I’m fond of saying that we do Shakespeare like Shakespeare did it: God is our lighting designer, and we create the middle of the night in the middle of the afternoon with words, by saying “O tedious night!”  But the Globe was a brilliant hybrid space, indoor and outdoor at once, and while it may have been the occasional home to a bear-baiting or a backstage dog, London in the 1590’s was probably not a very friendly place for wild animals.  Perhaps it’s one of the small ways that we have evolved as artists (who needs walls?) and as a society (this lake is for birds and turtles and dragonflies, not for speedboats and beaches).


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MIDSUMMER at Powderhorn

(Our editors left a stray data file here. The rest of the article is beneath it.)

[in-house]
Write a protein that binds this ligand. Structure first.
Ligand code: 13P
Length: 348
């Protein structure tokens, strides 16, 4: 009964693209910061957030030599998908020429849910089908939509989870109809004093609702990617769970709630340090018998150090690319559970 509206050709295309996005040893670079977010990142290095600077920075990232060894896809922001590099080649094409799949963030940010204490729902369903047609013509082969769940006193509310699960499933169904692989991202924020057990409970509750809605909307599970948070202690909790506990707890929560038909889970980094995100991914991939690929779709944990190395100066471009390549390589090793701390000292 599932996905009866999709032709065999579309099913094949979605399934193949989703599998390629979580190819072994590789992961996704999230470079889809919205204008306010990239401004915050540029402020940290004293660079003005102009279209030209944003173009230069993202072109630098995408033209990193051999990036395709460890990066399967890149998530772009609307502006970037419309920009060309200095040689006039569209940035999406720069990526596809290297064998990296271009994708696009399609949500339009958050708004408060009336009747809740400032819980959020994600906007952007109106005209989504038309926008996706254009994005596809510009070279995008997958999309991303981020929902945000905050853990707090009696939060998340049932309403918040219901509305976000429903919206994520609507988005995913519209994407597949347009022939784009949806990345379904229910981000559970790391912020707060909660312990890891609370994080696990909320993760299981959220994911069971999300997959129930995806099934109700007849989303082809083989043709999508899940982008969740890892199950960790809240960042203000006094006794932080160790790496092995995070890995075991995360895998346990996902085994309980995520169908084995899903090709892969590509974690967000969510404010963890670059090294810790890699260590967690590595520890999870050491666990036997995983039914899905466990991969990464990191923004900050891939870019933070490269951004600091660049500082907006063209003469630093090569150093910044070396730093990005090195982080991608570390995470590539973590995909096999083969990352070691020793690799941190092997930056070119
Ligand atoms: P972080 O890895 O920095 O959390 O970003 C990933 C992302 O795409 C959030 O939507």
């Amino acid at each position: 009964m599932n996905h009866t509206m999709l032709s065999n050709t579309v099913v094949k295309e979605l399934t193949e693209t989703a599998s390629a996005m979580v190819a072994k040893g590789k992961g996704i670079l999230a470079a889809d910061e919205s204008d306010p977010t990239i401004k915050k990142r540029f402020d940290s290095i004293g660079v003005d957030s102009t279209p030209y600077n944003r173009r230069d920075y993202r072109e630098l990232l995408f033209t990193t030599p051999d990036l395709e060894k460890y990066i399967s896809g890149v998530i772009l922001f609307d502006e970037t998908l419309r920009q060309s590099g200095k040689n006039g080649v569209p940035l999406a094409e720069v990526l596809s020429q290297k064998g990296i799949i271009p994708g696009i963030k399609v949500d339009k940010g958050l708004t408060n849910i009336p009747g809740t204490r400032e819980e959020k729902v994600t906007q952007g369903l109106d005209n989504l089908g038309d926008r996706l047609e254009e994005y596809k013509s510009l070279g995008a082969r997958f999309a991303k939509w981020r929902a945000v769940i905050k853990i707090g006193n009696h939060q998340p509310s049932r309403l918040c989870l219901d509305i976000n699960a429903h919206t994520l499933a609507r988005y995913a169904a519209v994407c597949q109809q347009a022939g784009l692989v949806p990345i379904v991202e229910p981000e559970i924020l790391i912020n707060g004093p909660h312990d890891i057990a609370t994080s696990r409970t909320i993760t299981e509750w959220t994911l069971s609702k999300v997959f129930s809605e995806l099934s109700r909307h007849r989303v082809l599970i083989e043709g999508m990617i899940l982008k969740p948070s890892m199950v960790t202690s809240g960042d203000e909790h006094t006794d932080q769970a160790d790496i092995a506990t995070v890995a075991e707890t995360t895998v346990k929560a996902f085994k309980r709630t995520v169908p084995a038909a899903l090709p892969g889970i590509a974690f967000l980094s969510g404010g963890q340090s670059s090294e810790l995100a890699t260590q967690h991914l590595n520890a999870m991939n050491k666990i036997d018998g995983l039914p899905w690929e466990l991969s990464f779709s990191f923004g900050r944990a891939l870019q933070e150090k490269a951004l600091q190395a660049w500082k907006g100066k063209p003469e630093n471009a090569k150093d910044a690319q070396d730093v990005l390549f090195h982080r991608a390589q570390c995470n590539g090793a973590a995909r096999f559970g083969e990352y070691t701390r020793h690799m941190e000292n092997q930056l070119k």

There are trees in Powderhorn Park with little doors carved in the trunks.  This is just one of the many inspirations in this park.  The Strange Capers’ production of MIDSUMMER starts at the gazebo and travels to a shaded grove, as actors traverse hill, dale, bush, and goose poop to bring this magical tale to life.  This is a much busier park than Boom Island (our home in 2009) and we’ve already had audiences of camp kids, teen bikers, and picnicing mothers with their brood observing our messy rehearsals.  There is a diversity in the neighborhood that truly reflects the audience that we aspire to reach. As we battle the heat, the humidity, various wildlife, and the challenges of this physical production, we cannot help but to be in awe of its natural beauty. Today  I discovered that exits are infinite, only marked by the entrance of another.   I am always amazed at how the outdoors, and now Powderhorn, continues to teach me how Shakespeare can be done.